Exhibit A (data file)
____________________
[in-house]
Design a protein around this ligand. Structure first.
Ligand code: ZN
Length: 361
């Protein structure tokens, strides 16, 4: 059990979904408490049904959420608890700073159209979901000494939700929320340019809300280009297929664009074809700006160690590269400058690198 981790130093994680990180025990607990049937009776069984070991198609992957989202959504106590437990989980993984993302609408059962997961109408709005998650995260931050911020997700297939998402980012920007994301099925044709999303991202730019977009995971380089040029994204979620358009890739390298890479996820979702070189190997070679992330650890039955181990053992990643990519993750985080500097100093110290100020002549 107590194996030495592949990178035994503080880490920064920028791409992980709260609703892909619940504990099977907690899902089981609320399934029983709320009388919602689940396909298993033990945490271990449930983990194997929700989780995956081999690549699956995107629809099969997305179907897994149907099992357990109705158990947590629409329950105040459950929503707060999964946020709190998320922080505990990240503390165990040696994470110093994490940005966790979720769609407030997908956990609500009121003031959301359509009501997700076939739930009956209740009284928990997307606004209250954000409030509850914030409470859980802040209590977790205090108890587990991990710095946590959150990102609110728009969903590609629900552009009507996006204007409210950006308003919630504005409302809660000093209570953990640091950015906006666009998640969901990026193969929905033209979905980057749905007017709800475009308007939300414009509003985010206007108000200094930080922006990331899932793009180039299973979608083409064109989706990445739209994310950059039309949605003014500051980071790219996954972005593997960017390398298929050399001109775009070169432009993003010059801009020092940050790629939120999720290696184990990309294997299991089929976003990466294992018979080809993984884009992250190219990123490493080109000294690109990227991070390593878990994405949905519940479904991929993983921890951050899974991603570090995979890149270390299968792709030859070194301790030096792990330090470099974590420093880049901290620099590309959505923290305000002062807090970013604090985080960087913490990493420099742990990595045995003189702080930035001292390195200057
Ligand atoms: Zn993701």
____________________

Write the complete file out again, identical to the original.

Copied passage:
[in-house]
Design a protein around this ligand. Structure first.
Ligand code: ZN
Length: 361
């Protein structure tokens, strides 16, 4: 059990979904408490049904959420608890700073159209979901000494939700929320340019809300280009297929664009074809700006160690590269400058690198 981790130093994680990180025990607990049937009776069984070991198609992957989202959504106590437990989980993984993302609408059962997961109408709005998650995260931050911020997700297939998402980012920007994301099925044709999303991202730019977009995971380089040029994204979620358009890739390298890479996820979702070189190997070679992330650890039955181990053992990643990519993750985080500097100093110290100020002549 107590194996030495592949990178035994503080880490920064920028791409992980709260609703892909619940504990099977907690899902089981609320399934029983709320009388919602689940396909298993033990945490271990449930983990194997929700989780995956081999690549699956995107629809099969997305179907897994149907099992357990109705158990947590629409329950105040459950929503707060999964946020709190998320922080505990990240503390165990040696994470110093994490940005966790979720769609407030997908956990609500009121003031959301359509009501997700076939739930009956209740009284928990997307606004209250954000409030509850914030409470859980802040209590977790205090108890587990991990710095946590959150990102609110728009969903590609629900552009009507996006204007409210950006308003919630504005409302809660000093209570953990640091950015906006666009998640969901990026193969929905033209979905980057749905007017709800475009308007939300414009509003985010206007108000200094930080922006990331899932793009180039299973979608083409064109989706990445739209994310950059039309949605003014500051980071790219996954972005593997960017390398298929050399001109775009070169432009993003010059801009020092940050790629939120999720290696184990990309294997299991089929976003990466294992018979080809993984884009992250190219990123490493080109000294690109990227991070390593878990994405949905519940479904991929993983921890951050899974991603570090995979890149270390299968792709030859070194301790030096792990330090470099974590420093880049901290620099590309959505923290305000002062807090970013604090985080960087913490990493420099742990990595045995003189702080930035001292390195200057
Ligand atoms: Zn993701």